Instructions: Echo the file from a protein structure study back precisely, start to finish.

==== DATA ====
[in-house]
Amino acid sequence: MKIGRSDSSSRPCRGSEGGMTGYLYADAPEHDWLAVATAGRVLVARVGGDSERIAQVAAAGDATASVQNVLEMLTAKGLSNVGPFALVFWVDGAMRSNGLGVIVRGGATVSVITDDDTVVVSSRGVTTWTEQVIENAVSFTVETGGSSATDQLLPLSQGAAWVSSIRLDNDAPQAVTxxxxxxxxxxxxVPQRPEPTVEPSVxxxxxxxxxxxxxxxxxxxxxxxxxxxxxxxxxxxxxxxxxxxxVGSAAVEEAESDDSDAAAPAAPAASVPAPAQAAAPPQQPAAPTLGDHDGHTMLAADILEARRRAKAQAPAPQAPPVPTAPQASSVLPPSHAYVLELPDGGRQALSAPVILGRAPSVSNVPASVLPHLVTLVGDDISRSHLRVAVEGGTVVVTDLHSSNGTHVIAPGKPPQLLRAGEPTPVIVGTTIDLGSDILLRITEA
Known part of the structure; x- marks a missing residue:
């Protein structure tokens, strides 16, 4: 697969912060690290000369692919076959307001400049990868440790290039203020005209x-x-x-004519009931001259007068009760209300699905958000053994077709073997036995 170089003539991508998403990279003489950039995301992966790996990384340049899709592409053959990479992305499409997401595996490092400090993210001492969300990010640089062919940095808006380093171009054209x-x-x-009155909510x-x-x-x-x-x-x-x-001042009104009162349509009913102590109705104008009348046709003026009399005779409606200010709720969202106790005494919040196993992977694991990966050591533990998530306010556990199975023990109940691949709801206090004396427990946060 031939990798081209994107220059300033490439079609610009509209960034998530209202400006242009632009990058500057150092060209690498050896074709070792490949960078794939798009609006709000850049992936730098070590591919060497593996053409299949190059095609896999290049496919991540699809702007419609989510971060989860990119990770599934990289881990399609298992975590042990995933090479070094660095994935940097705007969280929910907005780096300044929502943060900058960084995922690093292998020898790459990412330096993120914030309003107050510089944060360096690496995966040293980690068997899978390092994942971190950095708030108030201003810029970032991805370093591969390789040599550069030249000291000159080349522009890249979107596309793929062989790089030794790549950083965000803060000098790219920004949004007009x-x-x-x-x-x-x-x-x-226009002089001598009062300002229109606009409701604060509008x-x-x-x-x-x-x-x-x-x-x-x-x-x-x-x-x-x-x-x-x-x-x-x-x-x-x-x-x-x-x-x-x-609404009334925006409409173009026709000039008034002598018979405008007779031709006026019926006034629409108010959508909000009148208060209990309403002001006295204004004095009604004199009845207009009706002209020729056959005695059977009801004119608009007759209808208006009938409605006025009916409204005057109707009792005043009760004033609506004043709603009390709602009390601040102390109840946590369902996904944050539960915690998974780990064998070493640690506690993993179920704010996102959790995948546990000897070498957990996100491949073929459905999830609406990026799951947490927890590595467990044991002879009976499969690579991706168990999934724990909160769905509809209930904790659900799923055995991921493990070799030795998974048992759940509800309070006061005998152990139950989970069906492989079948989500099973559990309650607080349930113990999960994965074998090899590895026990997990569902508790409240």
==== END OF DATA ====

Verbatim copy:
[in-house]
Amino acid sequence: MKIGRSDSSSRPCRGSEGGMTGYLYADAPEHDWLAVATAGRVLVARVGGDSERIAQVAAAGDATASVQNVLEMLTAKGLSNVGPFALVFWVDGAMRSNGLGVIVRGGATVSVITDDDTVVVSSRGVTTWTEQVIENAVSFTVETGGSSATDQLLPLSQGAAWVSSIRLDNDAPQAVTxxxxxxxxxxxxVPQRPEPTVEPSVxxxxxxxxxxxxxxxxxxxxxxxxxxxxxxxxxxxxxxxxxxxxVGSAAVEEAESDDSDAAAPAAPAASVPAPAQAAAPPQQPAAPTLGDHDGHTMLAADILEARRRAKAQAPAPQAPPVPTAPQASSVLPPSHAYVLELPDGGRQALSAPVILGRAPSVSNVPASVLPHLVTLVGDDISRSHLRVAVEGGTVVVTDLHSSNGTHVIAPGKPPQLLRAGEPTPVIVGTTIDLGSDILLRITEA
Known part of the structure; x- marks a missing residue:
């Protein structure tokens, strides 16, 4: 697969912060690290000369692919076959307001400049990868440790290039203020005209x-x-x-004519009931001259007068009760209300699905958000053994077709073997036995 170089003539991508998403990279003489950039995301992966790996990384340049899709592409053959990479992305499409997401595996490092400090993210001492969300990010640089062919940095808006380093171009054209x-x-x-009155909510x-x-x-x-x-x-x-x-001042009104009162349509009913102590109705104008009348046709003026009399005779409606200010709720969202106790005494919040196993992977694991990966050591533990998530306010556990199975023990109940691949709801206090004396427990946060 031939990798081209994107220059300033490439079609610009509209960034998530209202400006242009632009990058500057150092060209690498050896074709070792490949960078794939798009609006709000850049992936730098070590591919060497593996053409299949190059095609896999290049496919991540699809702007419609989510971060989860990119990770599934990289881990399609298992975590042990995933090479070094660095994935940097705007969280929910907005780096300044929502943060900058960084995922690093292998020898790459990412330096993120914030309003107050510089944060360096690496995966040293980690068997899978390092994942971190950095708030108030201003810029970032991805370093591969390789040599550069030249000291000159080349522009890249979107596309793929062989790089030794790549950083965000803060000098790219920004949004007009x-x-x-x-x-x-x-x-x-226009002089001598009062300002229109606009409701604060509008x-x-x-x-x-x-x-x-x-x-x-x-x-x-x-x-x-x-x-x-x-x-x-x-x-x-x-x-x-x-x-x-x-609404009334925006409409173009026709000039008034002598018979405008007779031709006026019926006034629409108010959508909000009148208060209990309403002001006295204004004095009604004199009845207009009706002209020729056959005695059977009801004119608009007759209808208006009938409605006025009916409204005057109707009792005043009760004033609506004043709603009390709602009390601040102390109840946590369902996904944050539960915690998974780990064998070493640690506690993993179920704010996102959790995948546990000897070498957990996100491949073929459905999830609406990026799951947490927890590595467990044991002879009976499969690579991706168990999934724990909160769905509809209930904790659900799923055995991921493990070799030795998974048992759940509800309070006061005998152990139950989970069906492989079948989500099973559990309650607080349930113990999960994965074998090899590895026990997990569902508790409240």